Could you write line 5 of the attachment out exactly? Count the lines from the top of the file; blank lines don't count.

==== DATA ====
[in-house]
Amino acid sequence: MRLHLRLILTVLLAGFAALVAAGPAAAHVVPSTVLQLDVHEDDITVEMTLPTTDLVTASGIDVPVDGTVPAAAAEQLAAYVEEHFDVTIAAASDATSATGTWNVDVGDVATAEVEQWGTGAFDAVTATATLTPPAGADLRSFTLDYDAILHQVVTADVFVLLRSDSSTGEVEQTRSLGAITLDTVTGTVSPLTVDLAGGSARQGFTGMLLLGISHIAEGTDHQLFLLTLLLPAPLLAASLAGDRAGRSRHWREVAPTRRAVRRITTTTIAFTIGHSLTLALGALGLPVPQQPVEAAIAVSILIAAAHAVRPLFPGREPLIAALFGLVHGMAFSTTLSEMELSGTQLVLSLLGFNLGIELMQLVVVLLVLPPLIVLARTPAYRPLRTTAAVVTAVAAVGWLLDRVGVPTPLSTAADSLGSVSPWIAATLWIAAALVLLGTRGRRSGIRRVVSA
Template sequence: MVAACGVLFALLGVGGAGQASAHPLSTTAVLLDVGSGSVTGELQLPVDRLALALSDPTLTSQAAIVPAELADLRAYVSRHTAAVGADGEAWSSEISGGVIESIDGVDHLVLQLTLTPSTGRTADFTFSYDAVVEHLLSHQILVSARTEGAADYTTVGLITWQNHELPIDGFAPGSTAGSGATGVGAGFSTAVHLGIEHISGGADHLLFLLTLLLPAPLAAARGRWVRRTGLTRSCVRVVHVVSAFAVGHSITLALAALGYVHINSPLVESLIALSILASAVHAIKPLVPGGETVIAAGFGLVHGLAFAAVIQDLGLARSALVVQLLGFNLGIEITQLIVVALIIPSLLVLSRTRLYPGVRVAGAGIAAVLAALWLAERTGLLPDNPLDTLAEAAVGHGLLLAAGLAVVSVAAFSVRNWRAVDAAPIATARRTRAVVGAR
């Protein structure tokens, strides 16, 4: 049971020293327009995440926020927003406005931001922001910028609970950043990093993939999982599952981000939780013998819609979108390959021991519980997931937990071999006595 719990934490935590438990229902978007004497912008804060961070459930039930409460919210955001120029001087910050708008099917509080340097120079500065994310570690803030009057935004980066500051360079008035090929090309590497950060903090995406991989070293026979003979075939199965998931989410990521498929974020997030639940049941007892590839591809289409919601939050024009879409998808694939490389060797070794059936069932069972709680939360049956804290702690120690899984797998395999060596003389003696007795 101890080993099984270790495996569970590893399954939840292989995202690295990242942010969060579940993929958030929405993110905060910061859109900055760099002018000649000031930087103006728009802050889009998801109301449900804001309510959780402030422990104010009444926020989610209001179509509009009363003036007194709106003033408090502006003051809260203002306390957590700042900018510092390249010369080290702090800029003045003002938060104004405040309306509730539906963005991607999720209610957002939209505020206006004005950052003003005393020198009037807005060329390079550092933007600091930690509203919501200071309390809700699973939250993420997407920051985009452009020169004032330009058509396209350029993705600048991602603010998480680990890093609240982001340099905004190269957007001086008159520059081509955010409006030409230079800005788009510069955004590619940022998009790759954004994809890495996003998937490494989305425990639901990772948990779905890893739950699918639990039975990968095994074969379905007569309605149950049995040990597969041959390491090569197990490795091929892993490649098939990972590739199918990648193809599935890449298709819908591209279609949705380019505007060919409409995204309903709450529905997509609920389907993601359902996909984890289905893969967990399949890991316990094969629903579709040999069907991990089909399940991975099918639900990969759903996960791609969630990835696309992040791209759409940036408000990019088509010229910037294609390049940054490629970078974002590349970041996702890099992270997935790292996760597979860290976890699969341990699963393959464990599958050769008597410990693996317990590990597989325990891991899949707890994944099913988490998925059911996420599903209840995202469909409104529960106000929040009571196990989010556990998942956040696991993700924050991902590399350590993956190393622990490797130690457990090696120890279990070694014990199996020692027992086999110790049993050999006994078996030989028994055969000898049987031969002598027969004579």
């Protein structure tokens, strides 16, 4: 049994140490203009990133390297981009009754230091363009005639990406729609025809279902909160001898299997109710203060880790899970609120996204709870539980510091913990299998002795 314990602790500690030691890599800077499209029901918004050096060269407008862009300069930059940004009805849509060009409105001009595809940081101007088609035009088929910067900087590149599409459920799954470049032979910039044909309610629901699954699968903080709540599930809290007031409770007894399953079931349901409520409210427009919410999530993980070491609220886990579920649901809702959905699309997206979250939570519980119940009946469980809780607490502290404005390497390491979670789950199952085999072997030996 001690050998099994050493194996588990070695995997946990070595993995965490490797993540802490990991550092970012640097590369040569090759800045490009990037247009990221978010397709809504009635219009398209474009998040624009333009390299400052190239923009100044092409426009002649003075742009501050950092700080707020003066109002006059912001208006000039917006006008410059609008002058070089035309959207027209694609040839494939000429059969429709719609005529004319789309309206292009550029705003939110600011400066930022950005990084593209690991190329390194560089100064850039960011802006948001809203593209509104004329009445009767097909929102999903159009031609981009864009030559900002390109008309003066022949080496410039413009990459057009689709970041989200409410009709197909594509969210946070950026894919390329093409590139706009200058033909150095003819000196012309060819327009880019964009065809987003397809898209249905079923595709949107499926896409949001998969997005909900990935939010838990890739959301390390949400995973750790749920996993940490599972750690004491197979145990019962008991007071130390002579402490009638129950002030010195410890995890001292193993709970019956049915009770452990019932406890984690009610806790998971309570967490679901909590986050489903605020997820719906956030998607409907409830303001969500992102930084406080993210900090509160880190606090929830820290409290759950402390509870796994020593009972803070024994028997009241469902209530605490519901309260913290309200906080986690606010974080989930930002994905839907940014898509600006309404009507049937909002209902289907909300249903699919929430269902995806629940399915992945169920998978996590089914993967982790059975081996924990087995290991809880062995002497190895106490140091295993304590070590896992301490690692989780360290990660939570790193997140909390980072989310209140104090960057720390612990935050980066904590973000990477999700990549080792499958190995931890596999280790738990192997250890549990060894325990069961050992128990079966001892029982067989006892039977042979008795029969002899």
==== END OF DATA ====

């Protein structure tokens, strides 16, 4: 049994140490203009990133390297981009009754230091363009005639990406729609025809279902909160001898299997109710203060880790899970609120996204709870539980510091913990299998002795 314990602790500690030691890599800077499209029901918004050096060269407008862009300069930059940004009805849509060009409105001009595809940081101007088609035009088929910067900087590149599409459920799954470049032979910039044909309610629901699954699968903080709540599930809290007031409770007894399953079931349901409520409210427009919410999530993980070491609220886990579920649901809702959905699309997206979250939570519980119940009946469980809780607490502290404005390497390491979670789950199952085999072997030996 001690050998099994050493194996588990070695995997946990070595993995965490490797993540802490990991550092970012640097590369040569090759800045490009990037247009990221978010397709809504009635219009398209474009998040624009333009390299400052190239923009100044092409426009002649003075742009501050950092700080707020003066109002006059912001208006000039917006006008410059609008002058070089035309959207027209694609040839494939000429059969429709719609005529004319789309309206292009550029705003939110600011400066930022950005990084593209690991190329390194560089100064850039960011802006948001809203593209509104004329009445009767097909929102999903159009031609981009864009030559900002390109008309003066022949080496410039413009990459057009689709970041989200409410009709197909594509969210946070950026894919390329093409590139706009200058033909150095003819000196012309060819327009880019964009065809987003397809898209249905079923595709949107499926896409949001998969997005909900990935939010838990890739959301390390949400995973750790749920996993940490599972750690004491197979145990019962008991007071130390002579402490009638129950002030010195410890995890001292193993709970019956049915009770452990019932406890984690009610806790998971309570967490679901909590986050489903605020997820719906956030998607409907409830303001969500992102930084406080993210900090509160880190606090929830820290409290759950402390509870796994020593009972803070024994028997009241469902209530605490519901309260913290309200906080986690606010974080989930930002994905839907940014898509600006309404009507049937909002209902289907909300249903699919929430269902995806629940399915992945169920998978996590089914993967982790059975081996924990087995290991809880062995002497190895106490140091295993304590070590896992301490690692989780360290990660939570790193997140909390980072989310209140104090960057720390612990935050980066904590973000990477999700990549080792499958190995931890596999280790738990192997250890549990060894325990069961050992128990079966001892029982067989006892039977042979008795029969002899």